WIPO Arbitration and Mediation Center
ADMINISTRATIVE PANEL DECISION
Carrefour v. Susan Gazzola / Wawan Kurnia
Case No. D2018-1608
1. The Parties
The Complainant is Carrefour of Boulogne-Billancourt, France, represented by Dreyfus & associés, France.
The Respondents are Susan Gazzola of Vancouver, Canada (the "First Respondent") and Wawan Kurnia of Jawa Tengah, Indonesia (the "Second Respondent") (collectively the "Respondents").
2. The Domain Names and Registrar
The disputed domain names <carrefourés.com> (<xn--carrefours-j7a.com>), <carrefourespana.com>, <carrefourespaña.com> (<xn--carrefourespaa-2nb.com>), <carrefour-pass.com>, <carrefour-pass.online>, <carrefourspain.com> ("Domain Names") are registered with Google Inc. (the "Registrar").
3. Procedural History
The Complaint was filed with the WIPO Arbitration and Mediation Center (the "Center") on July 17, 2018. The Complaint was originally filed regarding the Domain Names together with the domain names <carrefourspaine.com> and <esspagnecarefour.com>. On July 17, 2018, the Center transmitted by email to the Registrar a request for registrar verification in connection with the Domain Names and to DNC Holdings, Inc. in relation to <carrefourspaine.com> and <esspagnecarefour.com>. On July 19, 2018, DNC Holdings, Inc. informed that it was able to transfer the domain names <carrefourspaine.com> and <esspagnecarefour.com> to the Complainant. On July 20, 2018, the Registrar transmitted by email to the Center its verification response disclosing registrant and contact information for the Domain Names which differed from the named Respondent and contact information in the Complaint. On August 16, 2018, the Complainant filed an amended Complaint removing <carrefourspaine.com> and <esspagnecarefour.com> from the Complaint. The Center sent an email communication to the Complainant on August 16, 2018 providing the registrant and contact information disclosed by the Registrar, and inviting the Complainant to submit an amendment to the Complaint. The Complainant filed the second amended Complaint on August 21, 2018. Following a further communication from the Center to the Complainant regarding the proper identity of the Registrar, on August 22, 2018, the Complainant filed the third amended Complaint.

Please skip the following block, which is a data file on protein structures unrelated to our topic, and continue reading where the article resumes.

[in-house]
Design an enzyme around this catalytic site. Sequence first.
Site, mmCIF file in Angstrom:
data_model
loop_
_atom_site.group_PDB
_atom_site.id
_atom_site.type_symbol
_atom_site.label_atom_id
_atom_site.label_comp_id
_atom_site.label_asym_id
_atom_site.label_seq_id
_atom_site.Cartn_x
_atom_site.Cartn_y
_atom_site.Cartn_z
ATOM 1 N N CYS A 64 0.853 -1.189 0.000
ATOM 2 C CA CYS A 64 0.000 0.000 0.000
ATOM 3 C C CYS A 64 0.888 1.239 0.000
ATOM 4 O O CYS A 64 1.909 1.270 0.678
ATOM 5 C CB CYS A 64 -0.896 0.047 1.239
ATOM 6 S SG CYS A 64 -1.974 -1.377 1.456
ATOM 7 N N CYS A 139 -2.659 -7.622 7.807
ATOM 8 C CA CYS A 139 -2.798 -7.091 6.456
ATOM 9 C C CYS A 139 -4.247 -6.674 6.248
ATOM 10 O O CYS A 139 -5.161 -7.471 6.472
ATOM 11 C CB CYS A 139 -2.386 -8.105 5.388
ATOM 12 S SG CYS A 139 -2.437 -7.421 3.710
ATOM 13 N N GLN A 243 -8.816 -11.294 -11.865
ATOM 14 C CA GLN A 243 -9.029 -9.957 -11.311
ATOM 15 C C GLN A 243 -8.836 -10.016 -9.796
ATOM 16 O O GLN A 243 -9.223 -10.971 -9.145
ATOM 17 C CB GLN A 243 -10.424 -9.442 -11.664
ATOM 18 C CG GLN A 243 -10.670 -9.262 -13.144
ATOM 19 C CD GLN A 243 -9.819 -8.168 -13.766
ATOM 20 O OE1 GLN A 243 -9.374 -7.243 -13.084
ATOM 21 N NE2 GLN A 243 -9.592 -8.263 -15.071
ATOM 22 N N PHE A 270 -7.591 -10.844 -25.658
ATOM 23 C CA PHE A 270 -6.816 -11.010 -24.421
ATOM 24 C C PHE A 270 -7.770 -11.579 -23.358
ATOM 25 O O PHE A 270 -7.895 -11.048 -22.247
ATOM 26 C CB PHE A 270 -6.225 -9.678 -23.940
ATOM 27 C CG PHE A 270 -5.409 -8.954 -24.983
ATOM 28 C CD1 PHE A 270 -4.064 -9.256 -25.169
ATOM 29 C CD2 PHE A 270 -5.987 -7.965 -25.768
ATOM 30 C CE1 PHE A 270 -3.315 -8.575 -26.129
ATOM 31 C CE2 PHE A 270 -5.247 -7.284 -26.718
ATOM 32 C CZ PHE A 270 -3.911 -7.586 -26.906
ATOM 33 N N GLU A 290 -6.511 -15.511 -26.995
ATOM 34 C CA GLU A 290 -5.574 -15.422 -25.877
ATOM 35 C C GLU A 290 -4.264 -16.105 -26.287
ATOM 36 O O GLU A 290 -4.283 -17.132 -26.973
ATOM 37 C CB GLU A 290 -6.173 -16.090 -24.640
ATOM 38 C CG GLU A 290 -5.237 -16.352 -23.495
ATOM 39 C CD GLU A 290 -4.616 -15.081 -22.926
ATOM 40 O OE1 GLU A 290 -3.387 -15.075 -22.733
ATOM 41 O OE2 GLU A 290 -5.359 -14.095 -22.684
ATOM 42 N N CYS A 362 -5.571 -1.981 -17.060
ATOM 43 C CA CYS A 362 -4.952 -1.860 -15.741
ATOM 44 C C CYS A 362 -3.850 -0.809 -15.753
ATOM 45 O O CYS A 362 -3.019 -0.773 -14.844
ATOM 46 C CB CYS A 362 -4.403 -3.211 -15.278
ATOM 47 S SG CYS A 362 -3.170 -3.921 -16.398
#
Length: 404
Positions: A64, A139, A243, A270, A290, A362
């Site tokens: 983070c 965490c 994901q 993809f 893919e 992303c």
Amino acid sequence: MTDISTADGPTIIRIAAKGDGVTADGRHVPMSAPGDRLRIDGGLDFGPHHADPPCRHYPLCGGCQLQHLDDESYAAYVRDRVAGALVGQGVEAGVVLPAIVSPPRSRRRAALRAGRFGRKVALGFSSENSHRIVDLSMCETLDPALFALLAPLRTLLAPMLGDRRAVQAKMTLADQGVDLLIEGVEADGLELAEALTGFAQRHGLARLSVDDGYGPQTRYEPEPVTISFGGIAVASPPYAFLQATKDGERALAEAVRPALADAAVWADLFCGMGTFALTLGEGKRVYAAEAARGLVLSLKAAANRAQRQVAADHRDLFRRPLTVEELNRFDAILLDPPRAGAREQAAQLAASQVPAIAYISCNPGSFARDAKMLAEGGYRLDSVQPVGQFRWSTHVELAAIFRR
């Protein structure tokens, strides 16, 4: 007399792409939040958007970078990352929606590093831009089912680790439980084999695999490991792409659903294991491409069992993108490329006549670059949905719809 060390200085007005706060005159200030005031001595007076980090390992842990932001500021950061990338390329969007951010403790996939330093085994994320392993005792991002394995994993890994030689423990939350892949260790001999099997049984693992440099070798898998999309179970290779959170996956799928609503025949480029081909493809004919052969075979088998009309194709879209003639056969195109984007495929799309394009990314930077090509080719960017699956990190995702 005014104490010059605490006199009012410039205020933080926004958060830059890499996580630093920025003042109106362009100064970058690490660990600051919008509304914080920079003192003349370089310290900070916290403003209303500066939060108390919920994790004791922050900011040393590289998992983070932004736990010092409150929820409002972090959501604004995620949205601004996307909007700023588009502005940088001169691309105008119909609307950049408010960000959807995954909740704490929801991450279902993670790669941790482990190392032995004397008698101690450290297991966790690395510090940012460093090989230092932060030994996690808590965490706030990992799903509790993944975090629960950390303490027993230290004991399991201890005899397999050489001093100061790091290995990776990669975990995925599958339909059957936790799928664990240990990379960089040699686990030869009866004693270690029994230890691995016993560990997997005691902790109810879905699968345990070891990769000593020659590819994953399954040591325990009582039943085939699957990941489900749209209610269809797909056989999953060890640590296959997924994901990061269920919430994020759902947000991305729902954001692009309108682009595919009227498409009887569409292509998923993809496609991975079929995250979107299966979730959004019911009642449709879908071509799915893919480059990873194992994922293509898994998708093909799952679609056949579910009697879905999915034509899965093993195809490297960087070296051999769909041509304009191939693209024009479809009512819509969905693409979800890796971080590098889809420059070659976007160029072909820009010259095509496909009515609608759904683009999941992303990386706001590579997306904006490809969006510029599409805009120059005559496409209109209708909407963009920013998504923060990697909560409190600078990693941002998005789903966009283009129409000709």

The Center verified that the Complaint together with the amended Complaints (hereafter the "Complaint") satisfied the formal requirements of the Uniform Domain Name Dispute Resolution Policy (the "Policy" or "UDRP"), the Rules for Uniform Domain Name Dispute Resolution Policy (the "Rules"), and the WIPO Supplemental Rules for Uniform Domain Name Dispute Resolution Policy (the "Supplemental Rules").
In accordance with the Rules, paragraphs 2 and 4, the Center formally notified the Respondents of the Complaint, and the proceedings commenced on August 23, 2018. In accordance with the Rules, paragraph 5, the due date for Response was September 12, 2018. The Respondent did not submit any response. Accordingly, the Center notified the Respondent's default on September 13, 2018.
The Center appointed Nicholas Smith as the sole panelist in this matter on September 21, 2018. The Panel finds that it was properly constituted. The Panel has submitted the Statement of Acceptance and Declaration of Impartiality and Independence, as required by the Center to ensure compliance with the Rules, paragraph 7.
4. Factual Background
The Complainant is a French retail group with operations throughout Europe, Latin America and Asia. The Complainant operates nearly 12,000 stores and e-commerce sites in over 30 countries and employs more than 380,000 people worldwide. The Complainant operates in Spain and in that country has developed the "Carrefour Pass" service. The Carrefour Pass is a financial payment product offered by the Complainant in Spain that allows customers to make payments. Over two million Spanish consumers hold the Carrefour Pass. The Complainant operates numerous websites at which the Complainant's products are displayed along with a logo consisting of two arrows pointing left and right respectively (the "Complainant's Logo").
The Complainant is the owner of numerous trade mark registrations for the word "carrefour" (the "CARREFOUR Mark"), including a French trade mark registered on September 2, 1988 (registration number 1487274) for various services in classes 35 to 42.